Mr & Mrs Fill

Mr & Mrs Fill

Thomas John Golding Fill was appointed head master of the National School in Thornbury in 1866.  The 1867 Rate Book shows that the Fill family lived in the School House which was then said to be owned by the Managers of the National School.  Click here to read more about the National School

We are very grateful to Karen Fill who provided most of the photographs shown here and a great deal of the information we have about her husband’s family, especially about the children of the Fill family.

Thomas Fill was born in Great Yarmouth in Norfolk on 1st April 1840.  The 1841 and 1851 Censuses show that he was the son of a warehouseman (and later a ships’ chandler), James Fill and his wife Mary Eleanor, and that they lived in Great Yarmouth.   The 1861 Census shows that Thomas had become a National School master and that he was lodging in Herne.

He married Fanny Yoell in St Leonard’s Church, Streatham on August 7th 1865.  Fanny had been baptised at this church in Streatham on 24th June 1846.  She was the daughter of George Yoell and his wife and Ann (nee Fletcher).  The 1851 census shows George was a painter’s labourer and the family had been living at Leigham Lane, Streatham.  The 1861 census shows George was a plumber’s labourer living at 2 Smith’s Cottages, Leigham Lane and that Annie was working as a laundress.  In that census Fanny was away from home.  She was listed as a pupil in Herne.  She was boarding there with her elder sister, Charlotte, who was a teacher.  It has been suggested to us by a descendant of the family that Fanny may have been a pupil teacher rather than a pupil but we have no further information on this point.

We note that at the time of his marriage in 1865 Thomas’s residence was given as Alveston Gloucestershire.  It seems that both Thomas and Fanny Fill taught at the National School in Alveston.  He seems to have taught there for just one year before being appointed to the National School in Thornbury.

The newsletter of the Society of Thornbury Folk tells us that the mangers of the school agreed to pay him £35 a year plus extra money in government grants based on performance and scholars’ fees.  The children each paid 2d per week but of course the expenses of fuel, supplies and the payment of monitors had to be met.  The newsletter tells us that Mr Fill was to “teach the usual subjects of elementary education for not more than twenty-five hours per week.”  He was also to ensure that his wife taught the girls needlework and assisted him in the general management of the school, although we understand that she was paid separately.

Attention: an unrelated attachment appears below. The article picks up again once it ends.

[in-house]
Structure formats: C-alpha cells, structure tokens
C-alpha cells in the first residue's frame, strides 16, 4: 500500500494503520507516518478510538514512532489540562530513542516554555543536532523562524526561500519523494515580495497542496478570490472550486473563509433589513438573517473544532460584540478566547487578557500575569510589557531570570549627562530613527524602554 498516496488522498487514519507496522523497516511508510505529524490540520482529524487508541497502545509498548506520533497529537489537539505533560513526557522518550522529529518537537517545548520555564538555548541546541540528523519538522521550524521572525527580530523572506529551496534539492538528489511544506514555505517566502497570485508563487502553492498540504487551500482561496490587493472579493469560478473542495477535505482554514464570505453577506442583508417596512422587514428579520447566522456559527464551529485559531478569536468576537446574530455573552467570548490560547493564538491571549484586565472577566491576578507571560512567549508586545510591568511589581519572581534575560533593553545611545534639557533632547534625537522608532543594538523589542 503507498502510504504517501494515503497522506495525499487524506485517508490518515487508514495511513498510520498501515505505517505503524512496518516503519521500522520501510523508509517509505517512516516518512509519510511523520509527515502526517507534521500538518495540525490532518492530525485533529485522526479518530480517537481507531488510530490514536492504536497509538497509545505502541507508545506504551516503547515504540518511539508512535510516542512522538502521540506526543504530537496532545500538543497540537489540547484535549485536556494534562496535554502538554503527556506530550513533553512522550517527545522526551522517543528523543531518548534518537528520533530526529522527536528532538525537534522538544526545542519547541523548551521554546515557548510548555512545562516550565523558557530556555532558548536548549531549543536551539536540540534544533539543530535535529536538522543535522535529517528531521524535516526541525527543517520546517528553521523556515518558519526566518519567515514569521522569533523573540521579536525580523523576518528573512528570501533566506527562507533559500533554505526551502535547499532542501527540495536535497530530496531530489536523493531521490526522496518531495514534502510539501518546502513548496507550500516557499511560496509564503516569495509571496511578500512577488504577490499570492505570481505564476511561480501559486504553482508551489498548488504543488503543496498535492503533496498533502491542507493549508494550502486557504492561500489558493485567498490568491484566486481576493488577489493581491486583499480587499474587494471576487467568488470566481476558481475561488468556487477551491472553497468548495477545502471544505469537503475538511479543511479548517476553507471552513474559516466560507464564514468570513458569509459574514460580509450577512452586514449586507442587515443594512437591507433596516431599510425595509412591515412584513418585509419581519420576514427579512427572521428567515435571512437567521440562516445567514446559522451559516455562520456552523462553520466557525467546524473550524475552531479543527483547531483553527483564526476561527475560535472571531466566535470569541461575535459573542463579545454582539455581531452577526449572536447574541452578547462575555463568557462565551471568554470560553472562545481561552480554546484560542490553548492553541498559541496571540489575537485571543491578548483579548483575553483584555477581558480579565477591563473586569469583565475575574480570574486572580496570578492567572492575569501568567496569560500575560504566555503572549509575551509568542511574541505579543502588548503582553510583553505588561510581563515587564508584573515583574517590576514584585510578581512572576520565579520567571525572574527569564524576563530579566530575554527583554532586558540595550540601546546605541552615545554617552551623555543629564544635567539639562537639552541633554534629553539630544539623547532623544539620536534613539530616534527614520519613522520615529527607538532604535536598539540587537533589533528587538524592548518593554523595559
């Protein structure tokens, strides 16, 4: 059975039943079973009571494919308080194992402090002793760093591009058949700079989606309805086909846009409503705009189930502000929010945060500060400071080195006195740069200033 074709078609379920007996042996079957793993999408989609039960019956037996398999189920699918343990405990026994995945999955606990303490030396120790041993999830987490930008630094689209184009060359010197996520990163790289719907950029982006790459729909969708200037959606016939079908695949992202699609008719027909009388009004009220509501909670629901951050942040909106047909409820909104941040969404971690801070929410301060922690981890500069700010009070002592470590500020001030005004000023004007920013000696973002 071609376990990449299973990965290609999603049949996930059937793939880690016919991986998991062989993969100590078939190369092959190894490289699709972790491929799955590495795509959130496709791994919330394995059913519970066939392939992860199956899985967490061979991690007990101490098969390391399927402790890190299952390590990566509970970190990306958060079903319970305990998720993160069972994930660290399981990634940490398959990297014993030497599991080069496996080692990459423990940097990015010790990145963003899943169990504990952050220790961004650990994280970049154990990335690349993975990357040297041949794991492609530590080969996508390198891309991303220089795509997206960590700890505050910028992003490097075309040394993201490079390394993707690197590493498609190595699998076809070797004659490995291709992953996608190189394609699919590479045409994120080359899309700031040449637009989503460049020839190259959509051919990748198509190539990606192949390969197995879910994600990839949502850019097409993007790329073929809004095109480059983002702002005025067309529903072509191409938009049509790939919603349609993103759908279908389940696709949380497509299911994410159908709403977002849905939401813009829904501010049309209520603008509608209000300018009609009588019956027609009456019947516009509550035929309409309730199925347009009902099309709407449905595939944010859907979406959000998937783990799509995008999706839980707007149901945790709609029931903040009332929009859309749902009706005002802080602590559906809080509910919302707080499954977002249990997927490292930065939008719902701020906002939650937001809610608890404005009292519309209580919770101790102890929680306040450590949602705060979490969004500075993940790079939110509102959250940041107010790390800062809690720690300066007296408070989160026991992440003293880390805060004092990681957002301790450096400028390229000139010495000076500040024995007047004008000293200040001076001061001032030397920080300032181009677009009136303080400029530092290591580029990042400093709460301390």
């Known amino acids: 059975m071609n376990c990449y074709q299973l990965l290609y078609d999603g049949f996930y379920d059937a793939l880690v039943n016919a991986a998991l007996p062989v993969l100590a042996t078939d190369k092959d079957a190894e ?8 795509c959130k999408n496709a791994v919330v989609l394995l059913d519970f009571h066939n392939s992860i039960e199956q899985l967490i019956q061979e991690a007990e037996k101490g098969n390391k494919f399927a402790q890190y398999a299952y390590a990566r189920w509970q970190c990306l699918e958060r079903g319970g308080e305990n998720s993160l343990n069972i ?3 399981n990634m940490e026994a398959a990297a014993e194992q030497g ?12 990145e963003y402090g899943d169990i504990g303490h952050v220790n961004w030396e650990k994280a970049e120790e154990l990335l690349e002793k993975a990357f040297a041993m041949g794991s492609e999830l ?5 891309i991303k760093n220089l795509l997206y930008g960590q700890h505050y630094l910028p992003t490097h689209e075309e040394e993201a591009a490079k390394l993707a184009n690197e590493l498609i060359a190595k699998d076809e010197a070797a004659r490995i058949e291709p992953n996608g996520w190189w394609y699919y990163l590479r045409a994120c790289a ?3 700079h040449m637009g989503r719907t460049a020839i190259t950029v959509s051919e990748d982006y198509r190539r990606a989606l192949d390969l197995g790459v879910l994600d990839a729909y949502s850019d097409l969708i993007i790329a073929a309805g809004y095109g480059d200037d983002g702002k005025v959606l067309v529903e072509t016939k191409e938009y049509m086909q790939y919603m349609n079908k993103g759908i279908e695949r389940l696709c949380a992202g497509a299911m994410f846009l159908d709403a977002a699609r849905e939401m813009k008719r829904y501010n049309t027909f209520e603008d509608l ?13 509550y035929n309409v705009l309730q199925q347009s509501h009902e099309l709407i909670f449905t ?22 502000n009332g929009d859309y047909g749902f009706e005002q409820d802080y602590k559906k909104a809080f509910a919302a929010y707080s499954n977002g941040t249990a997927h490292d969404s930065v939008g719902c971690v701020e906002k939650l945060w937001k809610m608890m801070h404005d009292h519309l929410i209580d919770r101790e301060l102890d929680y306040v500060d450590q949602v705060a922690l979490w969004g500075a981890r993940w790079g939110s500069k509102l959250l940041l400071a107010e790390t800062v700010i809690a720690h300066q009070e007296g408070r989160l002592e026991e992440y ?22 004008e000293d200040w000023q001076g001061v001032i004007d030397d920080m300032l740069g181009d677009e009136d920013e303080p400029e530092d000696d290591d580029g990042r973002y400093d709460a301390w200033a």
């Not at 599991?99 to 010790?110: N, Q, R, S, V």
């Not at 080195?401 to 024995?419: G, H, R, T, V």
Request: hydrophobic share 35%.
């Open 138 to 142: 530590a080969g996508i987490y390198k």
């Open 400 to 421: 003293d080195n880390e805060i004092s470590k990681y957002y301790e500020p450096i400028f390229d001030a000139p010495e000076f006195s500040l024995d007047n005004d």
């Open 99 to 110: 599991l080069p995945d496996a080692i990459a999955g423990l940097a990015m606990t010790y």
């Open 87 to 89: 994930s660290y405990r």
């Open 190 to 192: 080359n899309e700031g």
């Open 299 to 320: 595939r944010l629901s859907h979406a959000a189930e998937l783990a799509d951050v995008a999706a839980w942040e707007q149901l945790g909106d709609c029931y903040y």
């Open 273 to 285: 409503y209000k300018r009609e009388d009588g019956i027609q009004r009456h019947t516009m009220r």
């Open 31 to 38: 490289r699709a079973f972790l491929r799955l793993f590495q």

We believe that they came to live in the School House in Thornbury in July 1866.  This appears to be supported by the evidence of the 1867 Rate Book and the fact that their first child Lilian Fanny Fill was baptised in Thornbury on 8th August 1866.   The book “150 years of St Mary’s School” tells us that “Mr Thomas J G Fill was to be paid £35.00 a year, also – to receive the weekly ‘pence’ money.  School was not free.  At that time it cost 2d (less than 1p) for the first child.

Nine more children followed at regular intervals and they were all baptised in Thornbury.  The 1871 Census shows Thomas John Golding Fill aged 31 from Norfolk and his wife Fanny from Surrey aged 24 lived in School House.  Fanny was described in the Census as a school mistress, despite having three young children: Lilian aged four, Eleanor aged three and Mabel Charlotte aged seven months.  By 1881  Thomas and Fanny had additional help in the school as Lilian then aged only 14 was a pupil teacher.  The family had grown to include Jessie (aged seven), Elsie (aged four),  Fanny (aged two) and Amy (aged nine months).  The family had a servant Annie Allen aged 14 to help cope with all these children.

We understand from “150 Years of St Mary’s School ” that “Mr and Mrs FILL and the Managers started ‘Penny Dinners’ for the children during the winter months, to provide them with a substantial hot dinner.  The Managers provided the plates, basins and spoons, and Mr HOWARD provided the kitchen and boiler (he owned the house next to the School House).  The sort of fare they received depended on what could be bought according to weather.  They had Irish Stew, Pea soup with bread, and puddings of raisin pudding and rice pudding.  If part of the dinner was left and could not be sold to local families, it was given to the poor.”

The 1891 Census shows that the family no longer had a servant living in the house but had two more children, sons Walter and Archibald.

During his time at the school Mr Fill started a Drum and Fife Band.  This band was very popular, and even played on annual choir outings to Weston-Super-Mare.

The school Log Book makes it clear that Mr Fill was teaching his Pupil Teachers at 7 o’clock in the morning before School during the summer, and at 4.30 after School during the winter months.  In 1897 on the 22nd January, the Vicar, in the name of the clergy and Sunday School Teachers, presented Thomas Fill with a very handsome silver tea service, “as a token of the good and kindly feeling towards him for the voluntary work as teacher and superintendent which he had carried on for over thirty years in the Parish Church Sunday School.”

Some of the Inspectors’ reports are very outspoken to say the least.  In 1899 the summary of the report said “Mixed School.  The condition of this school is in many respects inferior to that of other schools with which it may be fairly compared.  The order is weak, there being a want of smartness and attention among the scholars and at times an inclination to copy, which must seriously retard satisfactory progress.  Very little has been attempted in the way of physical exercises, the teaching especially that of arithmetic is too individual; the exercise books are not well corrected and the record books are most unsatisfactory.  The reading of the upper standards is indistinct and but fairly intelligent, the written work generally is poor in style and the quality of the class work is uneven the higher grant for geography being recommended with much hesitation.  Much improvement will be looked for if this recommendation is to be continued.  The needlework is fairly good. Many of the children are old for their respective standards.  Infants’ Class: the infants behave well and are making fair progress.  Some better desks should be provided without delay and the utensils for cleaning the premises should not be stored in this room.”